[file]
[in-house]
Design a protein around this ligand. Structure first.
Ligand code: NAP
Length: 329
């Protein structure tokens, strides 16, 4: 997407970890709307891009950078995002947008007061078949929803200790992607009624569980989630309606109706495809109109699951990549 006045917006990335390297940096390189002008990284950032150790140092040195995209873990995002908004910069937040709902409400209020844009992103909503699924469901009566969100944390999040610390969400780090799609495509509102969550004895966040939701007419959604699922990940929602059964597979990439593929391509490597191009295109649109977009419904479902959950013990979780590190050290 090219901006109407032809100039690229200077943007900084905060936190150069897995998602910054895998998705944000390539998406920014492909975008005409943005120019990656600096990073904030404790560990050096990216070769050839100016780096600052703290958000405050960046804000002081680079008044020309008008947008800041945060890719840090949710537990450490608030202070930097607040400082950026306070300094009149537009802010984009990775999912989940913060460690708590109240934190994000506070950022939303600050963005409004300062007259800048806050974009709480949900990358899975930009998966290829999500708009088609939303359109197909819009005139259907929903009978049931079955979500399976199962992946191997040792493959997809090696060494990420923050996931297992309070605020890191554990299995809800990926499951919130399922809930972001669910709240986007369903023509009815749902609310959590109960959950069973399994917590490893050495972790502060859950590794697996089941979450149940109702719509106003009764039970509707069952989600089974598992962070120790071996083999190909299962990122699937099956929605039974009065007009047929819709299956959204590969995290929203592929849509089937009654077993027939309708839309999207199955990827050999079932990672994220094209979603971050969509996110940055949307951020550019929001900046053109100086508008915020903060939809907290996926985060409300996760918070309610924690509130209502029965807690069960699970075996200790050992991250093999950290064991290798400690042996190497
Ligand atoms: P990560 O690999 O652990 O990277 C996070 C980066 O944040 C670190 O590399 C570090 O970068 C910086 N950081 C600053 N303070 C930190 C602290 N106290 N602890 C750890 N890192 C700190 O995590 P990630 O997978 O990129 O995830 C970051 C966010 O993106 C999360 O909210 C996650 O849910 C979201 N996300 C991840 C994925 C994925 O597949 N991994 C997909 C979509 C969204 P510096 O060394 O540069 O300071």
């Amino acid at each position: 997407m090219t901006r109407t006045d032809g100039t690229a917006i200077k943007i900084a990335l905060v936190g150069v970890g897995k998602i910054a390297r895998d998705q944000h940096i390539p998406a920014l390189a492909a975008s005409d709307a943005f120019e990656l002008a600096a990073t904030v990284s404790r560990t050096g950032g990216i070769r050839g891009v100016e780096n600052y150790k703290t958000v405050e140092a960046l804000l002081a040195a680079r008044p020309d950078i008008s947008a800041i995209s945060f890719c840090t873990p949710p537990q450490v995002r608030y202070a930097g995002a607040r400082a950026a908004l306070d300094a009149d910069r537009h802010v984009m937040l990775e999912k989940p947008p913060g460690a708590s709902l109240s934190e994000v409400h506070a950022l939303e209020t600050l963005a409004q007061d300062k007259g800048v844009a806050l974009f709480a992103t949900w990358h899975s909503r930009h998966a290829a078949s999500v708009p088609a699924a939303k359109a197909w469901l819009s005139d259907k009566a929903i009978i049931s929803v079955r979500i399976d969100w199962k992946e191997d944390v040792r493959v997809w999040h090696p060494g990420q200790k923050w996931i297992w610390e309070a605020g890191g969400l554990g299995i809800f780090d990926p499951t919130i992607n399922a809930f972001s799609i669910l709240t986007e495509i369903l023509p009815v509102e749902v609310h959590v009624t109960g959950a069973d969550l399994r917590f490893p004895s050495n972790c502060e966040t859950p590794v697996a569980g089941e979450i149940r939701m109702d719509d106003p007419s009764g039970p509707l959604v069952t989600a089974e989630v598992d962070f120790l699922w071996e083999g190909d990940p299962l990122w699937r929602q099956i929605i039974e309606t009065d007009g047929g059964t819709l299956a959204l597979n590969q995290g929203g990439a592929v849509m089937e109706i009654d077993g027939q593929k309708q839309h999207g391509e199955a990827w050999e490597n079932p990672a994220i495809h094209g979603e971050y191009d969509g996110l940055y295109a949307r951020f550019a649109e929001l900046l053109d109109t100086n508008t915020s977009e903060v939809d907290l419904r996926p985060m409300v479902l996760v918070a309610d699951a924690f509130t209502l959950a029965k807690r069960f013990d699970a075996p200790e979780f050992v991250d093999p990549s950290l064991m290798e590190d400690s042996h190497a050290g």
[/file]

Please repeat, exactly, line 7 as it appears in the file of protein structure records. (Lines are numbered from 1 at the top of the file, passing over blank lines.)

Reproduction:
């Amino acid at each position: 997407m090219t901006r109407t006045d032809g100039t690229a917006i200077k943007i900084a990335l905060v936190g150069v970890g897995k998602i910054a390297r895998d998705q944000h940096i390539p998406a920014l390189a492909a975008s005409d709307a943005f120019e990656l002008a600096a990073t904030v990284s404790r560990t050096g950032g990216i070769r050839g891009v100016e780096n600052y150790k703290t958000v405050e140092a960046l804000l002081a040195a680079r008044p020309d950078i008008s947008a800041i995209s945060f890719c840090t873990p949710p537990q450490v995002r608030y202070a930097g995002a607040r400082a950026a908004l306070d300094a009149d910069r537009h802010v984009m937040l990775e999912k989940p947008p913060g460690a708590s709902l109240s934190e994000v409400h506070a950022l939303e209020t600050l963005a409004q007061d300062k007259g800048v844009a806050l974009f709480a992103t949900w990358h899975s909503r930009h998966a290829a078949s999500v708009p088609a699924a939303k359109a197909w469901l819009s005139d259907k009566a929903i009978i049931s929803v079955r979500i399976d969100w199962k992946e191997d944390v040792r493959v997809w999040h090696p060494g990420q200790k923050w996931i297992w610390e309070a605020g890191g969400l554990g299995i809800f780090d990926p499951t919130i992607n399922a809930f972001s799609i669910l709240t986007e495509i369903l023509p009815v509102e749902v609310h959590v009624t109960g959950a069973d969550l399994r917590f490893p004895s050495n972790c502060e966040t859950p590794v697996a569980g089941e979450i149940r939701m109702d719509d106003p007419s009764g039970p509707l959604v069952t989600a089974e989630v598992d962070f120790l699922w071996e083999g190909d990940p299962l990122w699937r929602q099956i929605i039974e309606t009065d007009g047929g059964t819709l299956a959204l597979n590969q995290g929203g990439a592929v849509m089937e109706i009654d077993g027939q593929k309708q839309h999207g391509e199955a990827w050999e490597n079932p990672a994220i495809h094209g979603e971050y191009d969509g996110l940055y295109a949307r951020f550019a649109e929001l900046l053109d109109t100086n508008t915020s977009e903060v939809d907290l419904r996926p985060m409300v479902l996760v918070a309610d699951a924690f509130t209502l959950a029965k807690r069960f013990d699970a075996p200790e979780f050992v991250d093999p990549s950290l064991m290798e590190d400690s042996h190497a050290g």